“And here we are today, 20 March 2013, and there is no bill to extend free primary care in any way. On the contrary we have this legislation, the Health (Alteration of Criteria for Eligibility) Bill 2013, which is designed to reduce the numbers of citizens entitled to free primary care under the medical card scheme.
“Again and again, in opposition, Deputy Reilly quite rightly pointed out that restricting access to primary care was penny wise and pound foolish because older people would suffer poorer health outcomes and require more hospital visits, in-patient care and residential nursing home care. Yet now, in the very same manner as his Fianna Fáil predecessors, he brings forward a Bill to restrict medical card access, a so-called savings measure that will adversely affect the health of our older citizens.”
Sinn Féin Health Spokesperson Caoimhghín Ó Caoláin has accused Minister James Reilly of flooding the Oral Questions lottery in the Dáil in order to prevent opposition spokespeople from holding him to account.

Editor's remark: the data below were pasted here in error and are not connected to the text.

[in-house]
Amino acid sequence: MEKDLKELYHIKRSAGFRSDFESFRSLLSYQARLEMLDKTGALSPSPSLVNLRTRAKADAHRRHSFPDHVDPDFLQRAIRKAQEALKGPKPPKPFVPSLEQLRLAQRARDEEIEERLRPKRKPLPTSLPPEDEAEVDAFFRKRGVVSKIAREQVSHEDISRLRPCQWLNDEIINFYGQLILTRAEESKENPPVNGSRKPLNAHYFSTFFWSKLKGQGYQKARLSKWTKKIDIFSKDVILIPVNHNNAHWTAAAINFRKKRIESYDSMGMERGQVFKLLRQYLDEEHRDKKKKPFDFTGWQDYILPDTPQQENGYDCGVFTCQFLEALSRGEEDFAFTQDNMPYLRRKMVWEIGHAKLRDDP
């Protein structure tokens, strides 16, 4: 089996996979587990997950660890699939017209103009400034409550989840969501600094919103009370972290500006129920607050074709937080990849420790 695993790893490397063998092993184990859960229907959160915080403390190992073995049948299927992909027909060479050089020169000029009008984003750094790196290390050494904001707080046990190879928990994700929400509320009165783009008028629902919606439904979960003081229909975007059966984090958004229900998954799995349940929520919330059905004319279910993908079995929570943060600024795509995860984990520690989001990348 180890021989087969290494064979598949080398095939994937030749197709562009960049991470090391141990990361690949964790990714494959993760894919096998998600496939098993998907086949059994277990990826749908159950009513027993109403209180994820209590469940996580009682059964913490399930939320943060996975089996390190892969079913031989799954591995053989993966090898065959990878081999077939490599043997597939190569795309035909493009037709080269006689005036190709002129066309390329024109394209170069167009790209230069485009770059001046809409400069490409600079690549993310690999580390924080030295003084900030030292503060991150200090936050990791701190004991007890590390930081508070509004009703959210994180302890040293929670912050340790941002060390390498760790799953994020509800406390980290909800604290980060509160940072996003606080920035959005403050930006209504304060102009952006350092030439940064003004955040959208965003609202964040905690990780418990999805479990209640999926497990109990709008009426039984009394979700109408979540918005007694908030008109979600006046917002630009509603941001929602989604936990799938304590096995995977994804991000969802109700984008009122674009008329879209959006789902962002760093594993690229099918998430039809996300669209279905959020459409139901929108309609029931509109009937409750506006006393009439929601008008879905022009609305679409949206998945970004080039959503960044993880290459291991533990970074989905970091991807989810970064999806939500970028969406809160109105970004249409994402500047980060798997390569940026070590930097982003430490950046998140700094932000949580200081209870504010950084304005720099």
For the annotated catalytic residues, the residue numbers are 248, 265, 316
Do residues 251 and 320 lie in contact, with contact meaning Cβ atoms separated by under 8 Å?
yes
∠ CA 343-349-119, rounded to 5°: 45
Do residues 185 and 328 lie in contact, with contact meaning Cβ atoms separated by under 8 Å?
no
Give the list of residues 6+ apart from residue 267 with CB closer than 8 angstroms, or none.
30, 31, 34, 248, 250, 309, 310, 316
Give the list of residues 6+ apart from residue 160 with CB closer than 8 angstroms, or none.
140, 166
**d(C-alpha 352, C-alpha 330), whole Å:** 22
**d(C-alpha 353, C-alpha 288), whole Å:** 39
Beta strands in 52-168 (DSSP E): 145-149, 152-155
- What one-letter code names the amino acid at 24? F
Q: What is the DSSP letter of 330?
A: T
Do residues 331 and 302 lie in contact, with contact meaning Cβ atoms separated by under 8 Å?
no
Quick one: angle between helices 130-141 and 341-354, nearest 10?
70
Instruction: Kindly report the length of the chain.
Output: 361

Deputy Ó Caoláin pointed to the 91 questions tabled by Fine Gael Deputies 83 of which he said appeared to be drawn by a single hand.
Speaking today Deputy Ó Caoláin said;
“Of the 165 questions for oral answer in the Dáil today 91 were tabled in the name of Fine Gael Deputies. Of these, only eight appear to be genuinely constructed by the named deputy.
“The other 83 look as if they were drawn up by a single hand in a blatant attempt to flood the lottery resulting in five of the first six oral questions appearing in the names of Fine Gael Deputies and preventing opposition spokespeople from holding the Minister for Health to account.